Prince’s Foundation partners with Chanel to run embroidery course for students

The Prince’s Foundation, which was founded by the King, has partnered with French luxury fashion house Chanel to begin running an intensive embroidery programme for aspiring designers.

Recent university graduates will be able to apply for the 24-week course, known as the Metiers d’Arts education programme, which will be held at the King’s Highgrove home in Gloucestershire.

Six students are selected each year and awarded bursaries for their living costs.

They benefit from the guidance of tutors who usually work from the le19M hub in Paris, which hosts workshops and a gallery space, alongside creative directors of other luxury fashion brands including Lesage, Atelier Montex and Lemarie.

The programme began at the end of January and focuses on developing creative practice, skills and refinement.

Students of The Prince's Foundation at The Chanel Métiers d'Arts Training Atelier at Highgrove on March 3 (Leanne Punshon, Little Bird Photography).
Students of The Prince’s Foundation at The Chanel Metiers d’Arts Training Atelier at Highgrove (Leanne Punshon/Little Bird Photography)

Emily Cherrington, director of The Prince’s Foundation, said the charity hopes the course will “equip students with a wide range of creative and practical skills”.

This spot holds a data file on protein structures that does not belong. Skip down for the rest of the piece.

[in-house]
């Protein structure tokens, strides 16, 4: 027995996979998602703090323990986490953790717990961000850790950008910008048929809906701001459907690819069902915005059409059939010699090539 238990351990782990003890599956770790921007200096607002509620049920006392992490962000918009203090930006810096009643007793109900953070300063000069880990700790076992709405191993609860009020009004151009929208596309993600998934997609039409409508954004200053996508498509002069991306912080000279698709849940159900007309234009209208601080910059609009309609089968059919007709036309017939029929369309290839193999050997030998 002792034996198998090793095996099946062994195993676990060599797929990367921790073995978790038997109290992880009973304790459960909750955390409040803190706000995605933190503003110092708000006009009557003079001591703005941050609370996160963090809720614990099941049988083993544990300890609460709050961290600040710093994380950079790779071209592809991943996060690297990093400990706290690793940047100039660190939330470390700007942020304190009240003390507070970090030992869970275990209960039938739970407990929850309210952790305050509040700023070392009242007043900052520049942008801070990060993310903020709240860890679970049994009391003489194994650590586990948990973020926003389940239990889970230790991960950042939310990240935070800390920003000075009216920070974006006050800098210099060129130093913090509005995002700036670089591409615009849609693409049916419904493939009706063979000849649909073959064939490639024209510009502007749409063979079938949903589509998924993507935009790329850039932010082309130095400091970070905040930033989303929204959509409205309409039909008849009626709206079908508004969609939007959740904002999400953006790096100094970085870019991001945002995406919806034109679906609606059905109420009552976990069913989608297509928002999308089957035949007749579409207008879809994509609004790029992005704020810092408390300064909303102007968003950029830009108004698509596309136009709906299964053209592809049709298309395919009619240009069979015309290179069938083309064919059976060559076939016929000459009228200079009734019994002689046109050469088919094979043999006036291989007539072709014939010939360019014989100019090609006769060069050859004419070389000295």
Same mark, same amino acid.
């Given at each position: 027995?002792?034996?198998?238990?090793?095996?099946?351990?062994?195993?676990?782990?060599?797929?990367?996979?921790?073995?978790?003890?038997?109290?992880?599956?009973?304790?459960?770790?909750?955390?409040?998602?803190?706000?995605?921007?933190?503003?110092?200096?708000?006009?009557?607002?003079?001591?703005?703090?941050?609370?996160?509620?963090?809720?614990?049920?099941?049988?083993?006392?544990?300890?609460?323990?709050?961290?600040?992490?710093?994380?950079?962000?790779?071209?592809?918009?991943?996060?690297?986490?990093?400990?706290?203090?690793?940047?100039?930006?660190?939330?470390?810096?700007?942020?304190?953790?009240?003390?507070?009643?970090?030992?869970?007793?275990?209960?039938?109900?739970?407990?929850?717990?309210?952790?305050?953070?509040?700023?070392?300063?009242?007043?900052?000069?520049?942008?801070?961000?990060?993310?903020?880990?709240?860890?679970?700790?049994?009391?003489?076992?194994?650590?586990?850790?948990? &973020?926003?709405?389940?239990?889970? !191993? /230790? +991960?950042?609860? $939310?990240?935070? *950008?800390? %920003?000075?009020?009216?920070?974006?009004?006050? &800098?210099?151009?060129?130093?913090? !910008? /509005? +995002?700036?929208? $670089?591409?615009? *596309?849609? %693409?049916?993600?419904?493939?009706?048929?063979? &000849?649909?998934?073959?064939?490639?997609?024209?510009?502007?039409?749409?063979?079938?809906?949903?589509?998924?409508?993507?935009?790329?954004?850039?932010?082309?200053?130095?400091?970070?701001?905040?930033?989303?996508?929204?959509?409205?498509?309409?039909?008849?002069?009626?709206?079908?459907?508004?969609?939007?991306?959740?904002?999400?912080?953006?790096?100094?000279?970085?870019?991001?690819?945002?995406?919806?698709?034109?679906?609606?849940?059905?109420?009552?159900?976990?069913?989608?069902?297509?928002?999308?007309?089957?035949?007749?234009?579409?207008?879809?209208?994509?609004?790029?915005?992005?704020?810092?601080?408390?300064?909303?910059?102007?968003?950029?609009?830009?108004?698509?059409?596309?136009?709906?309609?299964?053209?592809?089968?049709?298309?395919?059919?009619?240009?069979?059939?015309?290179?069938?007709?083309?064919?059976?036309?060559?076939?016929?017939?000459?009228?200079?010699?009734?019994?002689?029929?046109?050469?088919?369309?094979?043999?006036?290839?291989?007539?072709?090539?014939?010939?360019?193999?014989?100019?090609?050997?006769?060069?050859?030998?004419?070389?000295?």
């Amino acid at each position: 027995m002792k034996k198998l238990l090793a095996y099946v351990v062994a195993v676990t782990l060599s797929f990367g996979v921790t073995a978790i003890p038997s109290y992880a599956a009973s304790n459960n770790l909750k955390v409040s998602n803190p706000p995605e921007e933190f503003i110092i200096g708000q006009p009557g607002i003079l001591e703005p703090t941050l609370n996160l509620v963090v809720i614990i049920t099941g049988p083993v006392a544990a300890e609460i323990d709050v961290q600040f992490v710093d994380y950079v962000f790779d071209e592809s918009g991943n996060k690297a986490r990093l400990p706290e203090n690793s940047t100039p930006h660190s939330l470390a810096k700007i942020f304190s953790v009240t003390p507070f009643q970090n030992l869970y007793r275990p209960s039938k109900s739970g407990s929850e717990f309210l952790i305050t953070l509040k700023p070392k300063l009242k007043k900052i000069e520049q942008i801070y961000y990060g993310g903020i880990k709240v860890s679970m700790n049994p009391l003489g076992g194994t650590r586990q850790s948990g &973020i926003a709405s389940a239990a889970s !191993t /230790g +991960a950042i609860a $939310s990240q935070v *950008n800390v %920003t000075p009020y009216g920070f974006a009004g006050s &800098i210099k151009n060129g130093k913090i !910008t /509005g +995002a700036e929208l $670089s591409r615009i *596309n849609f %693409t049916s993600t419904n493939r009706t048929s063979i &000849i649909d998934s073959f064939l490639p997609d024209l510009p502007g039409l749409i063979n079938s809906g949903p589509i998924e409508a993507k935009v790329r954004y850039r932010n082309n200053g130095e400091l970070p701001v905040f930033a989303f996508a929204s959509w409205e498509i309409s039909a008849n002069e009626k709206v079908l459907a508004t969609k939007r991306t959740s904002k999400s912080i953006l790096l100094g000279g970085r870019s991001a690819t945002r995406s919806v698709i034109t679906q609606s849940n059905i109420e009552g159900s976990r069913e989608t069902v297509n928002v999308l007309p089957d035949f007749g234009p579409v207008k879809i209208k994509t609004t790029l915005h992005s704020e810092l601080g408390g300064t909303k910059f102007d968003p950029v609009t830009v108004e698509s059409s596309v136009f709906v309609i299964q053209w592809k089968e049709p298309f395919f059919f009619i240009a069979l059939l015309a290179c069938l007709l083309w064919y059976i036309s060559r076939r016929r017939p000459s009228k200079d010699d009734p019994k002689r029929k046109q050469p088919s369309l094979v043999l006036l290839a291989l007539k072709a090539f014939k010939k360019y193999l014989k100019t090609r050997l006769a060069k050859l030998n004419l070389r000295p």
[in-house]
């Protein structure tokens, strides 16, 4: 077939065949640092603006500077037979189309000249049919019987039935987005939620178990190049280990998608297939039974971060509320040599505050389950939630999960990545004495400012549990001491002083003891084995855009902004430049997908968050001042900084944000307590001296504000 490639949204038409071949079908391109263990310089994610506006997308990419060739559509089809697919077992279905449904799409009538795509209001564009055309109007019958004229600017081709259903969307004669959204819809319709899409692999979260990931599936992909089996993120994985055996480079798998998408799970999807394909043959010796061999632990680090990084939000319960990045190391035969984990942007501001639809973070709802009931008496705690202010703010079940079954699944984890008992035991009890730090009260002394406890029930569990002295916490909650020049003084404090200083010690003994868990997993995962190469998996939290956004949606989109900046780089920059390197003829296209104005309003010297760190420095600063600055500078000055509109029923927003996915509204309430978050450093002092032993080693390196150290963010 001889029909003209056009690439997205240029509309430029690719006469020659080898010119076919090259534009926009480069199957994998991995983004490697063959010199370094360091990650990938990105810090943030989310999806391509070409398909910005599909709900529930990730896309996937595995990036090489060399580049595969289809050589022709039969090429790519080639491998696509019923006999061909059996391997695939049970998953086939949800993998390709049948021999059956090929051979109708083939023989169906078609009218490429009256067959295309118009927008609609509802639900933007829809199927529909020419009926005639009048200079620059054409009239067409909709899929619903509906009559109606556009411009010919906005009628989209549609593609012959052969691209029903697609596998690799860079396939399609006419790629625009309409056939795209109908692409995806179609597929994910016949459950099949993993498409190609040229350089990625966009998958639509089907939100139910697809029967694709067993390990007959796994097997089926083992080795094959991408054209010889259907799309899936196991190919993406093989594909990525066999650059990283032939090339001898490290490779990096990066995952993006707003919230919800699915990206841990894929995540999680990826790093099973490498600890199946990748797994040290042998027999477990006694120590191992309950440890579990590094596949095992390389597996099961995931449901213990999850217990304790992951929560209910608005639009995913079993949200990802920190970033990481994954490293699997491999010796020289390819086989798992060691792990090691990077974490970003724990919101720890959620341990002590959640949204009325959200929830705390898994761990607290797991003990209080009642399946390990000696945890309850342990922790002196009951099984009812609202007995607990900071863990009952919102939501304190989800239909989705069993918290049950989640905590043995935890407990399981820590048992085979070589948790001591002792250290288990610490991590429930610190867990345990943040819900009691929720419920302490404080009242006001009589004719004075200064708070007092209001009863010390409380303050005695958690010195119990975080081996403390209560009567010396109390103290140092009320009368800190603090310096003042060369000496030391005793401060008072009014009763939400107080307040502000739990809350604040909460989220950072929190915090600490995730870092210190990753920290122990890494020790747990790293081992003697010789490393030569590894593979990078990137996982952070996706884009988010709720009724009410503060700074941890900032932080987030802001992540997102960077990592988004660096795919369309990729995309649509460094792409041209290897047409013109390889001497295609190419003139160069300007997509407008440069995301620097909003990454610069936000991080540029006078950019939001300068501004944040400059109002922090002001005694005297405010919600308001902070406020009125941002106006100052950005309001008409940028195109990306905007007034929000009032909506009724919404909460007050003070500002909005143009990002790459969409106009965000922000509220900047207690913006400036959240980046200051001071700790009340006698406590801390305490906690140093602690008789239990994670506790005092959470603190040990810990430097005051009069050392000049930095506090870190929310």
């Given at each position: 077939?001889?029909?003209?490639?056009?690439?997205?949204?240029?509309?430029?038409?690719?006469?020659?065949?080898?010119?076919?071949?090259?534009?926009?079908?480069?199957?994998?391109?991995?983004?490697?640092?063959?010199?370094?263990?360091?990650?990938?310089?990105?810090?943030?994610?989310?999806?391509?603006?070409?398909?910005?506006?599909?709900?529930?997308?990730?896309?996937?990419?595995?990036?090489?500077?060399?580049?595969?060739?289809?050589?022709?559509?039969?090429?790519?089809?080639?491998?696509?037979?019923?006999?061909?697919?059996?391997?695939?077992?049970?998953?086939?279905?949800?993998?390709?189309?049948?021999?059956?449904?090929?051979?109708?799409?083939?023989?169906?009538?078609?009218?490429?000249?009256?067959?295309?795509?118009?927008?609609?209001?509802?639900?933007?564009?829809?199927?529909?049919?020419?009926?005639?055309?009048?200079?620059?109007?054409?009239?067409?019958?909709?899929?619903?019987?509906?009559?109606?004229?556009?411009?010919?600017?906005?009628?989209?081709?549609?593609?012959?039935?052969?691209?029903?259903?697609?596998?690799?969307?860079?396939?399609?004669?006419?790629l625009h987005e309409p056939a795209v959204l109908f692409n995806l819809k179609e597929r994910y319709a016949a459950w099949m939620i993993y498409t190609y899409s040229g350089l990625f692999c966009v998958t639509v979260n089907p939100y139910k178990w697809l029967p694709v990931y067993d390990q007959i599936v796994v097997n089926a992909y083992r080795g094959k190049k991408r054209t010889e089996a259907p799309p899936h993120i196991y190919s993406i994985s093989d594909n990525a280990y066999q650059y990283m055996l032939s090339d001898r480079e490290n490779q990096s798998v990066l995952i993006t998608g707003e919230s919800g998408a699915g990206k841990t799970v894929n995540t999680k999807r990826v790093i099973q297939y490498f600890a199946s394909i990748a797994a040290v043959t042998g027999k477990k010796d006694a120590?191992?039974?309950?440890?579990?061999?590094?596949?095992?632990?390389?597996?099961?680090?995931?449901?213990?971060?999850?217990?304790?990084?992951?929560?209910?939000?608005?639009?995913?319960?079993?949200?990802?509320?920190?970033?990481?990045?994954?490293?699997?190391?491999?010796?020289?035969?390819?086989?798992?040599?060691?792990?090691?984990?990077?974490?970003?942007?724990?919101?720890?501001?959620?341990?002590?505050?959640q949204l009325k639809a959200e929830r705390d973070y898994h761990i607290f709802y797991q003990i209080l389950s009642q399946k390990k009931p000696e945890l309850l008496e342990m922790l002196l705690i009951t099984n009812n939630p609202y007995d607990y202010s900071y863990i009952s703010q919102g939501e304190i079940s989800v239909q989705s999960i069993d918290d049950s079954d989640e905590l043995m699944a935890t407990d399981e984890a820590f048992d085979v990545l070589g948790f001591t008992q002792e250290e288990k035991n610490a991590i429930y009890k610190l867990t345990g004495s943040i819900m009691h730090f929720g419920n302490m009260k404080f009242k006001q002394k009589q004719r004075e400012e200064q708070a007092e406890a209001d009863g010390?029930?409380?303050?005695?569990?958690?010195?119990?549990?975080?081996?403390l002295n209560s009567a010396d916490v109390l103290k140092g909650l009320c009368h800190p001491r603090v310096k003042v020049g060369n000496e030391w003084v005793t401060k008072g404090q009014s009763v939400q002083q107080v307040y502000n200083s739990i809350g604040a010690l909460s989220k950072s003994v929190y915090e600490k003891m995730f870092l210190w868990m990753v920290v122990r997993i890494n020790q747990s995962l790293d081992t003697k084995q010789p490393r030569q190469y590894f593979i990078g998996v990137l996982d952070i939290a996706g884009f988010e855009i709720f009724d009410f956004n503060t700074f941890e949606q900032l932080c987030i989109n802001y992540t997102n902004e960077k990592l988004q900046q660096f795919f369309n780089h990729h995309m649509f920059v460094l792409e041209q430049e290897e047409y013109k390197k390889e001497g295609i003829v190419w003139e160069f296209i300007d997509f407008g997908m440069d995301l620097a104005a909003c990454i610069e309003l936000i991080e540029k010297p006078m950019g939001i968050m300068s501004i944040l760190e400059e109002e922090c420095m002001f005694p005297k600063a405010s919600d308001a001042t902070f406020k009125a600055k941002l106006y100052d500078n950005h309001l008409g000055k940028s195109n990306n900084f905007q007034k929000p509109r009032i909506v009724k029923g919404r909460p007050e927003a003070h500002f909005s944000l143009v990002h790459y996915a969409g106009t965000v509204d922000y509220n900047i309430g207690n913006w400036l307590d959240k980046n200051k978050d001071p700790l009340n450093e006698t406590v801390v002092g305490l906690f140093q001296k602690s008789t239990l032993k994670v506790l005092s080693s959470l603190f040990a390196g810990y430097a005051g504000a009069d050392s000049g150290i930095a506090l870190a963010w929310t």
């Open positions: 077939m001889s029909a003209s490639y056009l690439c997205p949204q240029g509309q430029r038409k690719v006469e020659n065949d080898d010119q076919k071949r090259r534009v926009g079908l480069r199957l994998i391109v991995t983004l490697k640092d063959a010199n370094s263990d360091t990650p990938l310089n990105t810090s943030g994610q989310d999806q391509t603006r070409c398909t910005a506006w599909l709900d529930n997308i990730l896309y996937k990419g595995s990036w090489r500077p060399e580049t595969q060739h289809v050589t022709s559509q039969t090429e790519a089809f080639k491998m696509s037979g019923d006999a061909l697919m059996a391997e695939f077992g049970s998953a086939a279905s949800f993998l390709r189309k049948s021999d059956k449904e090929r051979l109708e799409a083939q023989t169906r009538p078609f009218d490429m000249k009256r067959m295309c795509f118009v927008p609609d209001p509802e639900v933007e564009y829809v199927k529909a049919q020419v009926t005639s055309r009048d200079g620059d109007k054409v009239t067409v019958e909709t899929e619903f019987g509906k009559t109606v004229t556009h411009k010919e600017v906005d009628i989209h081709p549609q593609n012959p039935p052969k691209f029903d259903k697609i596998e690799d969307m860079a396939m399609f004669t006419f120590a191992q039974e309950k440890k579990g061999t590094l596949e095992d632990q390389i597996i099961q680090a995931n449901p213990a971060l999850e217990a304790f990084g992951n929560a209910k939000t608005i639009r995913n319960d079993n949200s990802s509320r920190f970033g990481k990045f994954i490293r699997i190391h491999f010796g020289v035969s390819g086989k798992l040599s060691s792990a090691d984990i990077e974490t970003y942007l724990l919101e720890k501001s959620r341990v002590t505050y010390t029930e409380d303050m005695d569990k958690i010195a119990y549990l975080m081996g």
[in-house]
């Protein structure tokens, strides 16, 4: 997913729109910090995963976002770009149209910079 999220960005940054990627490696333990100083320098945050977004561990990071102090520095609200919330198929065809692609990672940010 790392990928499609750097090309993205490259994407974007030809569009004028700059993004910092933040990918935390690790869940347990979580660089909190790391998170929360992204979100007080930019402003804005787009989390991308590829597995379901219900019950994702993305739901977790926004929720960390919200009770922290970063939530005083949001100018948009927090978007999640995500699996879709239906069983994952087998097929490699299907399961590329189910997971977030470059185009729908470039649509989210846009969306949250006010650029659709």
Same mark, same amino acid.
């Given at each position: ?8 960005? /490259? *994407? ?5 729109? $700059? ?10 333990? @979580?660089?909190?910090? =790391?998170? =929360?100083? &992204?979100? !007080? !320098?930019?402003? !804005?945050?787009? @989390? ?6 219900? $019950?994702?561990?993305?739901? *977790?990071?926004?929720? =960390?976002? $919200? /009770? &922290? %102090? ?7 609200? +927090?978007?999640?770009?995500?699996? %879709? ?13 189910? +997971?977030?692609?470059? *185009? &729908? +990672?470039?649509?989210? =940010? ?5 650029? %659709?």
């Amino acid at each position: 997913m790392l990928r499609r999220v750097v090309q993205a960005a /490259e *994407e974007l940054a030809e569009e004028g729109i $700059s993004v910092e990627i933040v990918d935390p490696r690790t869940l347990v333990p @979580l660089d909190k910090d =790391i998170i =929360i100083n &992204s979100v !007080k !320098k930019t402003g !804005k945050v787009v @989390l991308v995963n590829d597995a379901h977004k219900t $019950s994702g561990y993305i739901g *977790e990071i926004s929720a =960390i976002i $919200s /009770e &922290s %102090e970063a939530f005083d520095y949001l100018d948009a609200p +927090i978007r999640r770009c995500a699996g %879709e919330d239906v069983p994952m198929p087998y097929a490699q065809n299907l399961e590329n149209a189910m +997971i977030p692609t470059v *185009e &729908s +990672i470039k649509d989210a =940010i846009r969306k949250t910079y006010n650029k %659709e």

“Building on The Prince’s Foundation’s excellence in education and training in fashion and textiles, this partnership with a global industry leader in Chanel is incredibly exciting for everyone associated with our charity,” she said.

“We are hopeful that, by allying our passion for sustainability and craft with the culture and expertise of Chanel and le19M, we will equip students with a wide range of creative and practical skills, geared towards high-end atelier studio practice.”

Bruno Pavlovsky, president of Chanel SAS and le19M, added: “We are delighted to be working with The Prince’s Foundation on this exciting educational partnership.

“Our long-standing vision has been to nurture and develop the specialist skills of the Metiers d’art in order to recruit, train and transmit their savoir-faire to the next generation.

“Initiatives like this program are a way to highlight today’s relevance of these traditional metiers, ensuring they have a legitimate place in the creation of tomorrow.

“It also reaffirms our commitment to artisan skills, innovation, and sustainable development.”

The Prince’s Foundation’s education hub director, Daniel McAuliffe, said the course will involve lectures, presentations and critiques.

“The fellowship will focus on hand-embroidery and beading skills, providing students with access to studio space, expert tuition and materials,” he said.

“Throughout the programme, there are opportunities for students to expand their creative process and presentation skills through contextual studies lectures, presentations and critiques.

“Six students will be selected each year and awarded bursaries to help towards the cost of living.

“This practice-based learning encourages creativity, builds skill-confidence and prepares recent graduates to become artisan embroiderers of the future.”